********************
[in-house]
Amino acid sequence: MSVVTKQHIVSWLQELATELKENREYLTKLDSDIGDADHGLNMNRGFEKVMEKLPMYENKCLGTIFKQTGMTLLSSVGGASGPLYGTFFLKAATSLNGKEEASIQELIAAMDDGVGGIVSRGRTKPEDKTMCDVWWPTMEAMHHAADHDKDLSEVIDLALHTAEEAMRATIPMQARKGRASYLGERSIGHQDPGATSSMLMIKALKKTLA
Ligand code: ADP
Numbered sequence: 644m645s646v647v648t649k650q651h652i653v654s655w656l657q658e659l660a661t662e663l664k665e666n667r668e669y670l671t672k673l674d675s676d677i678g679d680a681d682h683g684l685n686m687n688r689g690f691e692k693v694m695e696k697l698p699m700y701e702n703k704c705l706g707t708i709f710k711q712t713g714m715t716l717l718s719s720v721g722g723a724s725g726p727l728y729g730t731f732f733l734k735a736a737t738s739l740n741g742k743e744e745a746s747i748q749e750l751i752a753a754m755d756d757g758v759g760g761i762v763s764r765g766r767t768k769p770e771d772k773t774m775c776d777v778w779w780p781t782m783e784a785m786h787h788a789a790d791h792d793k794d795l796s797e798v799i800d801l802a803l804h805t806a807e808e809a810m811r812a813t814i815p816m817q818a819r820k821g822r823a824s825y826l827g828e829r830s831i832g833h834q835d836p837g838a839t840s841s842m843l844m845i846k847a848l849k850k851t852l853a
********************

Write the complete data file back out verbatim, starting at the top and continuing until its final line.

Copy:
[in-house]
Amino acid sequence: MSVVTKQHIVSWLQELATELKENREYLTKLDSDIGDADHGLNMNRGFEKVMEKLPMYENKCLGTIFKQTGMTLLSSVGGASGPLYGTFFLKAATSLNGKEEASIQELIAAMDDGVGGIVSRGRTKPEDKTMCDVWWPTMEAMHHAADHDKDLSEVIDLALHTAEEAMRATIPMQARKGRASYLGERSIGHQDPGATSSMLMIKALKKTLA
Ligand code: ADP
Numbered sequence: 644m645s646v647v648t649k650q651h652i653v654s655w656l657q658e659l660a661t662e663l664k665e666n667r668e669y670l671t672k673l674d675s676d677i678g679d680a681d682h683g684l685n686m687n688r689g690f691e692k693v694m695e696k697l698p699m700y701e702n703k704c705l706g707t708i709f710k711q712t713g714m715t716l717l718s719s720v721g722g723a724s725g726p727l728y729g730t731f732f733l734k735a736a737t738s739l740n741g742k743e744e745a746s747i748q749e750l751i752a753a754m755d756d757g758v759g760g761i762v763s764r765g766r767t768k769p770e771d772k773t774m775c776d777v778w779w780p781t782m783e784a785m786h787h788a789a790d791h792d793k794d795l796s797e798v799i800d801l802a803l804h805t806a807e808e809a810m811r812a813t814i815p816m817q818a819r820k821g822r823a824s825y826l827g828e829r830s831i832g833h834q835d836p837g838a839t840s841s842m843l844m845i846k847a848l849k850k851t852l853a